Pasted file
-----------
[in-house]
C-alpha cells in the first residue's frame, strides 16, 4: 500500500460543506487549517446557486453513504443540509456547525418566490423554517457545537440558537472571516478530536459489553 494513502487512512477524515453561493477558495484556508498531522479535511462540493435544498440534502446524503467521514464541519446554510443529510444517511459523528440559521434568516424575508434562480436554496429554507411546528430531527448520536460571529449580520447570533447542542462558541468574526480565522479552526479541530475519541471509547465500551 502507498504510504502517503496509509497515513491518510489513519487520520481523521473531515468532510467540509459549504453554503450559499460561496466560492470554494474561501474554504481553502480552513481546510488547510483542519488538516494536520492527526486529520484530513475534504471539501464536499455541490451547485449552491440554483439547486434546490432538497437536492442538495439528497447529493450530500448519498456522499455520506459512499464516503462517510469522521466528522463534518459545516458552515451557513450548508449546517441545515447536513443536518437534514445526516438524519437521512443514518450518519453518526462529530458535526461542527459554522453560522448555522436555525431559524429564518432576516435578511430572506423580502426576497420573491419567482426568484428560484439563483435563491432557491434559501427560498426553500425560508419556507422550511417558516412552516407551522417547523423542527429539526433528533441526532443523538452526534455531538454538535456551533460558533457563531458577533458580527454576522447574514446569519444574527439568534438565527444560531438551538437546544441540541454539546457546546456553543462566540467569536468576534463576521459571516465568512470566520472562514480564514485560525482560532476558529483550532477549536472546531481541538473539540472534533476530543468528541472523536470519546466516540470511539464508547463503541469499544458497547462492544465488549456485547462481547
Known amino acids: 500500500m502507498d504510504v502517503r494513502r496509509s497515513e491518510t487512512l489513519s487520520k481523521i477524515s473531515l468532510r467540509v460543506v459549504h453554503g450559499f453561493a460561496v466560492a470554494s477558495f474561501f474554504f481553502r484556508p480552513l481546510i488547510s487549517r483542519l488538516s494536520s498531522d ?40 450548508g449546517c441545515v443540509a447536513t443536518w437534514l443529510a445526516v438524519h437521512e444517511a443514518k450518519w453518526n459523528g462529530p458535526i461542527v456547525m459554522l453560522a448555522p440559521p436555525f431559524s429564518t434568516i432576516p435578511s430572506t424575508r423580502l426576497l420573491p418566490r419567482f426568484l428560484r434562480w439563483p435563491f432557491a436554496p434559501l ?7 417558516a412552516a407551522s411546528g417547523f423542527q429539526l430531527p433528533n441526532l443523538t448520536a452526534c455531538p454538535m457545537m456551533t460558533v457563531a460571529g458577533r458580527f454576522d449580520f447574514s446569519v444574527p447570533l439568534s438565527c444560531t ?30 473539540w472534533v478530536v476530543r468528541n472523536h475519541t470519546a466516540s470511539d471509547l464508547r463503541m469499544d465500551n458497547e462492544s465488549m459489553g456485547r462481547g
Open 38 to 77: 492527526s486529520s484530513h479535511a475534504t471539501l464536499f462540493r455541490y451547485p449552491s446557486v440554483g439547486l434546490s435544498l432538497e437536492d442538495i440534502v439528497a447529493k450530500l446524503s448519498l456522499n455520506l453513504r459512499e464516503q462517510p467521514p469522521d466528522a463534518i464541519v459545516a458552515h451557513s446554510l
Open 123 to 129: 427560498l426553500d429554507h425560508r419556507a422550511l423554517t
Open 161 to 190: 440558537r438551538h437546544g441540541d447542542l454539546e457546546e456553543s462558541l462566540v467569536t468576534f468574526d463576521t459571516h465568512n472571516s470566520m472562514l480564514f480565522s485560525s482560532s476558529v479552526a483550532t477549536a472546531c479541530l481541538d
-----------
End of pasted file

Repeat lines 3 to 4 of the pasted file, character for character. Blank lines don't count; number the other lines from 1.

Known amino acids: 500500500m502507498d504510504v502517503r494513502r496509509s497515513e491518510t487512512l489513519s487520520k481523521i477524515s473531515l468532510r467540509v460543506v459549504h453554503g450559499f453561493a460561496v466560492a470554494s477558495f474561501f474554504f481553502r484556508p480552513l481546510i488547510s487549517r483542519l488538516s494536520s498531522d ?40 450548508g449546517c441545515v443540509a447536513t443536518w437534514l443529510a445526516v438524519h437521512e444517511a443514518k450518519w453518526n459523528g462529530p458535526i461542527v456547525m459554522l453560522a448555522p440559521p436555525f431559524s429564518t434568516i432576516p435578511s430572506t424575508r423580502l426576497l420573491p418566490r419567482f426568484l428560484r434562480w439563483p435563491f432557491a436554496p434559501l ?7 417558516a412552516a407551522s411546528g417547523f423542527q429539526l430531527p433528533n441526532l443523538t448520536a452526534c455531538p454538535m457545537m456551533t460558533v457563531a460571529g458577533r458580527f454576522d449580520f447574514s446569519v444574527p447570533l439568534s438565527c444560531t ?30 473539540w472534533v478530536v476530543r468528541n472523536h475519541t470519546a466516540s470511539d471509547l464508547r463503541m469499544d465500551n458497547e462492544s465488549m459489553g456485547r462481547g
Open 38 to 77: 492527526s486529520s484530513h479535511a475534504t471539501l464536499f462540493r455541490y451547485p449552491s446557486v440554483g439547486l434546490s435544498l432538497e437536492d442538495i440534502v439528497a447529493k450530500l446524503s448519498l456522499n455520506l453513504r459512499e464516503q462517510p467521514p469522521d466528522a463534518i464541519v459545516a458552515h451557513s446554510l